How Does Minnesota No-Fault Divorce Work?
In the past, a person seeking a divorce had to prove that the other spouse did something wrong or was somehow at fault for the failure of the marriage. Common grounds for divorce included adultery, domestic violence, abandonment, cruelty, substance abuse or the imprisonment of one of the spouses. Before a divorce would be granted, at least one of these grounds had to be proven in court. Fault-based divorce cases were often extremely bitter proceedings, with lots of arguing about who had done what.
Today, Minnesota is a purely no-fault state, meaning that no one needs to allege or prove fault in order to obtain a divorce. Under current law, either spouse only has to allege that the marriage has suffered an irretrievable breakdown. Whether the other spouse agrees with this assessment or not, the spouse seeking the divorce will be entitled to end the marriage.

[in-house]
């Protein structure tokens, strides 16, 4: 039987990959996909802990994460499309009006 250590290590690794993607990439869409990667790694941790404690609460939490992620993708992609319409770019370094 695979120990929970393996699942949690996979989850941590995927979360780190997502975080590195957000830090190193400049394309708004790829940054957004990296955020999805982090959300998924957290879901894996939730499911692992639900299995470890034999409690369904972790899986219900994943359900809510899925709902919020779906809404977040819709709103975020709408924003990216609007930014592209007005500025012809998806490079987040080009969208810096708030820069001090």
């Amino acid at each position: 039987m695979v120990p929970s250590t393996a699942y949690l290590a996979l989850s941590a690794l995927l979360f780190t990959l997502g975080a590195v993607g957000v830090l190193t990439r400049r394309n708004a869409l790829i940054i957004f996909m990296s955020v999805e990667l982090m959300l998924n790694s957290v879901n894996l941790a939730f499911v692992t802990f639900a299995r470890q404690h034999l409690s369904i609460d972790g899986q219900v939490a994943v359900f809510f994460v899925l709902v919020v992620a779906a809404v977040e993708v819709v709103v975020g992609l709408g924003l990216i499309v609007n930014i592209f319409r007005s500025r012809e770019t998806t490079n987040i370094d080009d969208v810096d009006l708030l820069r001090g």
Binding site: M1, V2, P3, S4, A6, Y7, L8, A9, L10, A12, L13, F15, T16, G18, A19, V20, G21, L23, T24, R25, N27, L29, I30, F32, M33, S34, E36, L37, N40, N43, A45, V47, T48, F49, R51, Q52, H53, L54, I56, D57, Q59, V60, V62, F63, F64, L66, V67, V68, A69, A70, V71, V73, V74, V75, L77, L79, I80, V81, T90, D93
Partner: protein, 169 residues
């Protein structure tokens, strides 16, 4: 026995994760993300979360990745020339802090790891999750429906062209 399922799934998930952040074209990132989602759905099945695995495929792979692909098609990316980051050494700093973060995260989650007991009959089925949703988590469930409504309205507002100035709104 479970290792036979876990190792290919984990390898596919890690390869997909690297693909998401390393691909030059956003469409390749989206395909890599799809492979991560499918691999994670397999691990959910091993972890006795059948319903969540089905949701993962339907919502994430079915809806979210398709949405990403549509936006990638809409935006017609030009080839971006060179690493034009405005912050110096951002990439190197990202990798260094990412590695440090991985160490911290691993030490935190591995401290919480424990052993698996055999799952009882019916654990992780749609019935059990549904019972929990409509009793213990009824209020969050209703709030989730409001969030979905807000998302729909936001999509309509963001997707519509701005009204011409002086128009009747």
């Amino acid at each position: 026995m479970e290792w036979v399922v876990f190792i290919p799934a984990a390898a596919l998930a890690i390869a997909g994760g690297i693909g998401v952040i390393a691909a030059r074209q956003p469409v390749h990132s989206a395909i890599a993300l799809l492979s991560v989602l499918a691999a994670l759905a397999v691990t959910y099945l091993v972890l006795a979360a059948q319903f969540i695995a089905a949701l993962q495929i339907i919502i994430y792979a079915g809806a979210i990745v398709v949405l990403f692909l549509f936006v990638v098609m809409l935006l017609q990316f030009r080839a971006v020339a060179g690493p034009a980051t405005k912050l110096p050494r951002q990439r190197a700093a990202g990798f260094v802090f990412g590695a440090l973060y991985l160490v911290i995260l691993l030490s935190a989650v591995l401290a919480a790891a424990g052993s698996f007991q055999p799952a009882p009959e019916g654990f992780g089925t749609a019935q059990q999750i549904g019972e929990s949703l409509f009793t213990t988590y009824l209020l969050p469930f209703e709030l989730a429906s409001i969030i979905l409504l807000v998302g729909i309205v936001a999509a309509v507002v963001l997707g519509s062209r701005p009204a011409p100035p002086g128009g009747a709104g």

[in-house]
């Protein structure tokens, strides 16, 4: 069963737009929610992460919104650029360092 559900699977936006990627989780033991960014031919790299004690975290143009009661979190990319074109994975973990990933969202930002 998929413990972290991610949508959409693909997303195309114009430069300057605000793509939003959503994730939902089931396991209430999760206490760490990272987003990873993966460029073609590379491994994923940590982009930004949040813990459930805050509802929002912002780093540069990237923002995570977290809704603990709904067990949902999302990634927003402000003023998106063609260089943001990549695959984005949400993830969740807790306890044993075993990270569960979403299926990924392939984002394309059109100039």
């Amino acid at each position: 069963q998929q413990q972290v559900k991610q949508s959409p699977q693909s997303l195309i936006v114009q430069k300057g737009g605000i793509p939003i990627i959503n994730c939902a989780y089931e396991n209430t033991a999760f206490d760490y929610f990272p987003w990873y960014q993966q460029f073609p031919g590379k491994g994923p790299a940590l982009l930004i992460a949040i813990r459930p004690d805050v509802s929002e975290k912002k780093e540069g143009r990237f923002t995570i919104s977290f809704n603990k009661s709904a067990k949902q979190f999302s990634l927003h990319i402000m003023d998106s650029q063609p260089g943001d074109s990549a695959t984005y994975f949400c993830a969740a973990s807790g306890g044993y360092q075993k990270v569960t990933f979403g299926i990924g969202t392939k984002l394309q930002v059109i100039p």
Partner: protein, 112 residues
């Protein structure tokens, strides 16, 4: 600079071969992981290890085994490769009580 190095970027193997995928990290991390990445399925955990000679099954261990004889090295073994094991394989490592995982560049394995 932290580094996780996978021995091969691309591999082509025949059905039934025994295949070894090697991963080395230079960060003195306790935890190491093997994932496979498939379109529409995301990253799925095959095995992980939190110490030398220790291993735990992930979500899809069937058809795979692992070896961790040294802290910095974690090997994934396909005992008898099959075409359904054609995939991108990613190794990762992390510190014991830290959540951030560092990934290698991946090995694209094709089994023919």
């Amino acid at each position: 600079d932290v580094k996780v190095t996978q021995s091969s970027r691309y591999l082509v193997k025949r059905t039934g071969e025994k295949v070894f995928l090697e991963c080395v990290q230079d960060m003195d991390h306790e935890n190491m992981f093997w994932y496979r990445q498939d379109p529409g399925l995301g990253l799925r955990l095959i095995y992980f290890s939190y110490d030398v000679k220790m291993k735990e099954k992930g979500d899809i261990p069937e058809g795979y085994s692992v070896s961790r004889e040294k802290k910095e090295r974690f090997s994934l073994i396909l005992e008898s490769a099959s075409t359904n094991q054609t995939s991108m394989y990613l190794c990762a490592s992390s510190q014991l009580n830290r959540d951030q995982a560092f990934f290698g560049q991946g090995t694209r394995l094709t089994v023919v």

In general, issues of fault may not be considered during the property division process. State law prevents a court from using these factors to punish one spouse or reward the other. Instead, assets and debts are divided equitably based on a variety of circumstances.
The issues or problems that led up to a divorce may be considered, however, when determining child custody and visitation. Because a court must act in the best interest of the child or children involved, it may need to take into account issues such as violence, gambling or substance abuse.
For a better understanding of how adultery or other types of fault can affect a divorce case, contact a knowledgeable Minnesota divorce lawyer at Appelhof, Pfeifer & Hart, P.A. today.